One of my favorite recent ideas wondering through the literature is that of an RNA regulon or post-transcriptional operon. Operons in prokaryotes are groups of genes whose protein products all function in the same biochemical pathway. The genes are coordinated by sticking them all next to each other and transcribing all when you transcribe one. The post-transcriptional operon idea is that RNA motifs allow proteins in the same biochemical pathway to be regulated at the translation step instead. If several proteins were needed, for instance, to build some new architecture sticking off a cell at a specific location far from the nucleus, it wouldn’t do to have to coordinate them way back there. Instead, you just throw in an RNA motif, say AUUUA. Then produce an RNA binding protein that is specific for that motif. Now traffic that protein to the location of interest. All of the RNAs will be localized to the right spot.
Of course, localizaton is just one way this could work. Any process better controlled faster or farther away from the nucleus could use an RNA regulon. One notable case is that of the Pumilio family (Puf) RNA-binding proteins in yeast. Melissa J. Moore explains it here:
… each Puf protein exhibited a highly skewed distribution of bound mRNAs: Puf1p and Puf2p bound mostly mRNAs encoding membrane-associated proteins, Puf3p almost exclusively targeted messages for nuclear-encoded mitochondrial proteins, and Puf4p and Puf5p associated primarily with transcripts encoding proteins bound for the nucleus. In several cases, a majority of the subunits comprising a particular multiprotein machine, such as the mitochondrial ribosome and a number of nuclear chromatin modification complexes, were encoded by mRNAs “tagged” by a single Puf protein. Together with earlier data (12), these new results (16) strongly support the idea that the expression of proteins with common functional themes or subcellular distributions is coordinated by large-scale regulatory networks operating at the mRNP level.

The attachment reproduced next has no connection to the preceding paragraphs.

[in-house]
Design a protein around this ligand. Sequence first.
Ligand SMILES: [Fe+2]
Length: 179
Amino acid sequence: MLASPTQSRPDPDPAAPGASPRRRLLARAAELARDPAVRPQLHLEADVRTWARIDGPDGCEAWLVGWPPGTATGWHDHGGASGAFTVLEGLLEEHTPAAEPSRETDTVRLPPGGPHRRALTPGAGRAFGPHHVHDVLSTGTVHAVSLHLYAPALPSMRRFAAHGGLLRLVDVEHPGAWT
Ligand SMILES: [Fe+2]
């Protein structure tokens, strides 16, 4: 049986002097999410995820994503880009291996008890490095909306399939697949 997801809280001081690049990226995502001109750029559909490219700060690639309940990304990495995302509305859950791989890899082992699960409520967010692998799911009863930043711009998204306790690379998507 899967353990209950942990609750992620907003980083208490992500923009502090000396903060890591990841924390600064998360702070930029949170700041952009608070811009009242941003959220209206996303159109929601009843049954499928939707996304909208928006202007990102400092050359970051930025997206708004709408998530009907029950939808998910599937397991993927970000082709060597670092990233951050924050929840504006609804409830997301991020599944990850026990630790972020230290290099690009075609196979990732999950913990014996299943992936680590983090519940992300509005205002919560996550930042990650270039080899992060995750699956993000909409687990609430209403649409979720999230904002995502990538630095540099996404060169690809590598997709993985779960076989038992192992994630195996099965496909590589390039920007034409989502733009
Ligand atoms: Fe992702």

Many other examples can be found in this review by Jack Keene. I don’t think I’ve seen an example of this yet, but given the slight wobble in microRNA specificity, one could imagine a single microRNA regulating a whole set of genes. Also, most interesting for my neuro-tastes is the recent report from the Moore lab showing that the immediate-early gene implicated in neuronal homeostasis, Arc, may be part of a regulon defined by introns in the 3′UTR. The mechanism is just too clever but requires an explication on the “pioneer round” of translation. Basically the cell tricks itself into thinking it made a funky RNA and destroys it after one round of synthesis. The other RNAs regulated in this path in neurons must have opposing effects to Arc though because knocking down this negative regulation pathway led to increased excitability (increased Arc reduces neuronal excitability). This raises a more general question. The idea of RNA regulons is nice, but how much can you predict knowing that your gene of interest is part of one? RNAs associate with multiple complexes throughout their lifespan, and complexes gain and lose factors dynamically. Also, how promiscuous are RNA binding proteins for cellular processes? For instance, I originally became aware of the Hu proteins as positive regulators of the pre-synaptic calcium-buffering protein GAP-43, but it turns out that they also regulate proteins involved in immune function. Maybe I am just thinking at too high a level of cellular organization. Perhaps all of those proteins respond to calcium in some way. At any rate, I’m expecting that RNA regulons will be increasingly important in understanding the translational regulation that must take place in dendrites to produce persistent memories. Looking forward to more on that in the next year or so.